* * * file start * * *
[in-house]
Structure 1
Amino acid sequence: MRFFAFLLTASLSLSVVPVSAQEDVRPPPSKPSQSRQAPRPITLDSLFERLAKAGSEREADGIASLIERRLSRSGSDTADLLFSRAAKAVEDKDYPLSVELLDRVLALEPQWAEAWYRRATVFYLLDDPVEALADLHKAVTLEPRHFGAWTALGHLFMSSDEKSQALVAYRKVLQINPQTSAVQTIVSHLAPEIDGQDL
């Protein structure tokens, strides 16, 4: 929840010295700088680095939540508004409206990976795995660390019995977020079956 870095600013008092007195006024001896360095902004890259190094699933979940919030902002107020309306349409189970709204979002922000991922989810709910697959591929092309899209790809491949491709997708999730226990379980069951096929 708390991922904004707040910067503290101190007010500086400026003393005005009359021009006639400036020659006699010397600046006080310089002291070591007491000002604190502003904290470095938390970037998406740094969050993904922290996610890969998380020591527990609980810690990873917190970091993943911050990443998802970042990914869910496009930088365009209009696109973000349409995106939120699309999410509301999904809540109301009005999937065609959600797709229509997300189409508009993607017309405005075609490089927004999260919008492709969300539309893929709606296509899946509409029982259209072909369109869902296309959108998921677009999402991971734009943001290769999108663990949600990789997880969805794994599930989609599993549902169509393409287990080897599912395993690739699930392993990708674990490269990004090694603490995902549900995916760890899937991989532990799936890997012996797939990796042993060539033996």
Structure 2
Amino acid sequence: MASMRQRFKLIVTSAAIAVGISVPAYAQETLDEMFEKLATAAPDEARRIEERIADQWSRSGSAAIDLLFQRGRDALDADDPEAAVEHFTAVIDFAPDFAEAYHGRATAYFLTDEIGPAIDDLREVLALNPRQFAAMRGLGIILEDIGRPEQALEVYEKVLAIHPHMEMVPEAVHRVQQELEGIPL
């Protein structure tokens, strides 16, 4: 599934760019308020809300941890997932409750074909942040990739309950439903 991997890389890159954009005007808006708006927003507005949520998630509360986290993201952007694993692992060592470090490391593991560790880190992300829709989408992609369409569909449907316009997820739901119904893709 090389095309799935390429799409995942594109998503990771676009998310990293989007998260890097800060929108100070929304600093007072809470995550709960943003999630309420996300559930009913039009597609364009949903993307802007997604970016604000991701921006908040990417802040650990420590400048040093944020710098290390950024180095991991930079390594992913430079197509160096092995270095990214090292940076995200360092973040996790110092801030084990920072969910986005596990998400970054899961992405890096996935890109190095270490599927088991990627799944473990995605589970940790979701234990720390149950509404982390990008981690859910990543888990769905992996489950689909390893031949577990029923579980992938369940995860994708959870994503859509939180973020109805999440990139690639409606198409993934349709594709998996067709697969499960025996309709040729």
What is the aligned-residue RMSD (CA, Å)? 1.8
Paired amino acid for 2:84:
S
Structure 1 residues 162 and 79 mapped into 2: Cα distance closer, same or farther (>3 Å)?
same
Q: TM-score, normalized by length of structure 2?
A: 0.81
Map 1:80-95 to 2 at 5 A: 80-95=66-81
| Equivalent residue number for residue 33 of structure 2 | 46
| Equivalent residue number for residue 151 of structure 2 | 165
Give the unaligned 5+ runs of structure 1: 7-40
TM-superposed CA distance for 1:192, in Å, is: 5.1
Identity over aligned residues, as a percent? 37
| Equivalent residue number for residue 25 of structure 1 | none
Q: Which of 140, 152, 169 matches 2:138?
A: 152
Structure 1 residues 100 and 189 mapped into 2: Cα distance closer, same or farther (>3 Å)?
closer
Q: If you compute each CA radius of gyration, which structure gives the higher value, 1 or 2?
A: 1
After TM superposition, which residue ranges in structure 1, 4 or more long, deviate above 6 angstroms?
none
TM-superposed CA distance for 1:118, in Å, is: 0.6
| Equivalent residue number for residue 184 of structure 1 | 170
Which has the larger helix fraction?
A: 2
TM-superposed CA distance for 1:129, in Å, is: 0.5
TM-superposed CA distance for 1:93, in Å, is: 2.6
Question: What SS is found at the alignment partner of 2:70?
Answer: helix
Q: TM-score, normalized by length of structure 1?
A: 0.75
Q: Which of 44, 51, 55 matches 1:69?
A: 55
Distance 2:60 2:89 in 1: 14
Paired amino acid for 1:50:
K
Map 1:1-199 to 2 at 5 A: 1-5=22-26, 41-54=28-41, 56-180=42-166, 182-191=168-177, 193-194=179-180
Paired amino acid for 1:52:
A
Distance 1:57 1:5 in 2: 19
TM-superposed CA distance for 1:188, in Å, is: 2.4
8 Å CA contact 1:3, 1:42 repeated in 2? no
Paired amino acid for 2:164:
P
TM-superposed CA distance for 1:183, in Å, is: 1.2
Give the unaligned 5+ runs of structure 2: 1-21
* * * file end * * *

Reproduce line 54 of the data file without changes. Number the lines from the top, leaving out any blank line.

Give the unaligned 5+ runs of structure 2: 1-21